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Title: Evaluating silicene as a potential cathode host to immobilize polysulfides in lithium–sulfur batteries

Abstract

The internal shuttle effect caused by polysulfides dissolution and migration negatively impacts lithium–sulfur battery performance. In this paper, a mesoscale simulation strategy, which involves atomistic calculation and coarse-grained molecular modeling, is employed to evaluate silicene as a potential cathode host material to immobilize polysulfides. Adsorption energies of insoluble polysulfides (Li 2S x with x =1, 2) and soluble polysulfide Li 2S 4 on pristine and doped silicene sheets are calculated. Results show that the adsorption is thermodynamically favorable and N-doped silicene is helpful in trapping intermediate discharge products, Li 2S 2 and Li 2S 4. The dissociation and reduction of long-chain polysulfides to short-chain polysulfides are observed. Electronic structure analysis shows that Li 2S x molecules interact with silicene via strong chemical bonds. The atomistic structure evolution of Li 2S layer formation on silicene is also investigated in this study. It is found that Li 2S (110) layer forms first, and then, it is converted to Li 2S (111) layer by introducing more Li 2S molecules to the substrate. Li 2S (111)/silicene interfacial structure is thermodynamically stable, and the interaction is dominated by Li–Si bonds. A coarse-grained model is developed to study and compare the growth of Li 2S onmore » silicene and graphene. Lastly, Li 2S-induced surface coverage is faster on silicene than on graphene, which indicates that a silicene-based cathode host will experience more acute surface passivation, which will adversely affect cathode performance.« less

Authors:
 [1];  [2];  [1]
  1. Texas A & M Univ., College Station, TX (United States). Dept. of Mechanical Engineering
  2. Texas A & M Univ., College Station, TX (United States). Dept. of Chemical Engineering
Publication Date:
Research Org.:
Texas A&M Engineering Experiment Station, College Station, TX (United States); Purdue Univ., West Lafayette, IN (United States)
Sponsoring Org.:
USDOE Office of Energy Efficiency and Renewable Energy (EERE), Vehicle Technologies Office (EE-3V)
OSTI Identifier:
1430275
Grant/Contract Number:  
EE0006832
Resource Type:
Journal Article: Accepted Manuscript
Journal Name:
Journal of Coordination Chemistry
Additional Journal Information:
Journal Volume: 69; Journal Issue: 11-13; Journal ID: ISSN 0095-8972
Publisher:
Taylor & Francis
Country of Publication:
United States
Language:
English
Subject:
25 ENERGY STORAGE; 36 MATERIALS SCIENCE; Lithium-sulfur battery; internal shuttle effect; silicene; polysulfide retention; surface passivation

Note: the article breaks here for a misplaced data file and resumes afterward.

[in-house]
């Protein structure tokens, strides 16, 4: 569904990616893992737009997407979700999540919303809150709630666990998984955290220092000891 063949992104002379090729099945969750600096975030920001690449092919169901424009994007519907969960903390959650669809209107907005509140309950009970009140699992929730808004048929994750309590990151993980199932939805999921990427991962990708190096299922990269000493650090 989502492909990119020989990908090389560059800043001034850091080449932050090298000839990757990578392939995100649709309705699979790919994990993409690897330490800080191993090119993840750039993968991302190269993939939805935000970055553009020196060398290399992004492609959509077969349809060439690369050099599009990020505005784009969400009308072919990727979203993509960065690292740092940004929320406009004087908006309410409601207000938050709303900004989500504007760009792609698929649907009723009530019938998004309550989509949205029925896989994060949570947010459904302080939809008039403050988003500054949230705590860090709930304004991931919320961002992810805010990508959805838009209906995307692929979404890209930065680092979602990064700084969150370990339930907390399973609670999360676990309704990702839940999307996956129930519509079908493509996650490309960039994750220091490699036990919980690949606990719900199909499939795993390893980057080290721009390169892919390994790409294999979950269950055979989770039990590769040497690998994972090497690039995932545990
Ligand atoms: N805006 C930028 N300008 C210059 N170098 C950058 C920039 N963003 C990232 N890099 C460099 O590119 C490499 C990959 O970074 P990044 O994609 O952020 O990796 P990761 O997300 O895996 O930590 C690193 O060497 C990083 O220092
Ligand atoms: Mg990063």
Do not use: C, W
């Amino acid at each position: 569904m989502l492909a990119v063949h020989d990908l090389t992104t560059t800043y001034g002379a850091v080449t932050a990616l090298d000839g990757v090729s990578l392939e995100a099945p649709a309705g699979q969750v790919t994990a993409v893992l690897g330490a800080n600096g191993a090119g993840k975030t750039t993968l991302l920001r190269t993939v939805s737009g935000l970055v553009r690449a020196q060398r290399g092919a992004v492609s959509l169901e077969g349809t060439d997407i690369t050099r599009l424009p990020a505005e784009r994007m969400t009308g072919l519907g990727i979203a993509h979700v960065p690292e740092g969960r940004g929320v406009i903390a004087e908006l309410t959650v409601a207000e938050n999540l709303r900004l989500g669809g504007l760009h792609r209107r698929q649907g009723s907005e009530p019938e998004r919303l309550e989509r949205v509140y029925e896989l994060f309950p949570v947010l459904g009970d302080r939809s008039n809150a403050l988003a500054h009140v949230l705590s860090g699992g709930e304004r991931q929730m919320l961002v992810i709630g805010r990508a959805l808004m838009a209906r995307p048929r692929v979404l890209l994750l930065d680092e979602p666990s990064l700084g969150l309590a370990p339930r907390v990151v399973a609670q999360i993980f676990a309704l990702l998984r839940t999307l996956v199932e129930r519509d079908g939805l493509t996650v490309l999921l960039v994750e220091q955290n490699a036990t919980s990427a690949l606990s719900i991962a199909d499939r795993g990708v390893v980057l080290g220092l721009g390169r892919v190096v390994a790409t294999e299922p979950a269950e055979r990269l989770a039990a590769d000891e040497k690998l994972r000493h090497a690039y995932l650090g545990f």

Citation Formats

Liu, Zhixiao, Balbuena, Perla B., and Mukherjee, Partha P.. Evaluating silicene as a potential cathode host to immobilize polysulfides in lithium–sulfur batteries. United States: N. p., 2016. Web. doi:10.1080/00958972.2016.1184265.
Liu, Zhixiao, Balbuena, Perla B., & Mukherjee, Partha P.. Evaluating silicene as a potential cathode host to immobilize polysulfides in lithium–sulfur batteries. United States. doi:10.1080/00958972.2016.1184265.
Liu, Zhixiao, Balbuena, Perla B., and Mukherjee, Partha P.. Fri . "Evaluating silicene as a potential cathode host to immobilize polysulfides in lithium–sulfur batteries". United States. doi:10.1080/00958972.2016.1184265. https://www.osti.gov/servlets/purl/1430275.
@article{osti_1430275,
title = {Evaluating silicene as a potential cathode host to immobilize polysulfides in lithium–sulfur batteries},
author = {Liu, Zhixiao and Balbuena, Perla B. and Mukherjee, Partha P.},
abstractNote = {The internal shuttle effect caused by polysulfides dissolution and migration negatively impacts lithium–sulfur battery performance. In this paper, a mesoscale simulation strategy, which involves atomistic calculation and coarse-grained molecular modeling, is employed to evaluate silicene as a potential cathode host material to immobilize polysulfides. Adsorption energies of insoluble polysulfides (Li2Sx with x =1, 2) and soluble polysulfide Li2S4 on pristine and doped silicene sheets are calculated. Results show that the adsorption is thermodynamically favorable and N-doped silicene is helpful in trapping intermediate discharge products, Li2S2 and Li2S4. The dissociation and reduction of long-chain polysulfides to short-chain polysulfides are observed. Electronic structure analysis shows that Li2Sx molecules interact with silicene via strong chemical bonds. The atomistic structure evolution of Li2S layer formation on silicene is also investigated in this study. It is found that Li2S (110) layer forms first, and then, it is converted to Li2S (111) layer by introducing more Li2S molecules to the substrate. Li2S (111)/silicene interfacial structure is thermodynamically stable, and the interaction is dominated by Li–Si bonds. A coarse-grained model is developed to study and compare the growth of Li2S on silicene and graphene. Lastly, Li2S-induced surface coverage is faster on silicene than on graphene, which indicates that a silicene-based cathode host will experience more acute surface passivation, which will adversely affect cathode performance.},
doi = {10.1080/00958972.2016.1184265},
journal = {Journal of Coordination Chemistry},
number = 11-13,
volume = 69,
place = {United States},
year = {Fri May 27 00:00:00 EDT 2016},
month = {Fri May 27 00:00:00 EDT 2016}
}

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Cited by: 11 works
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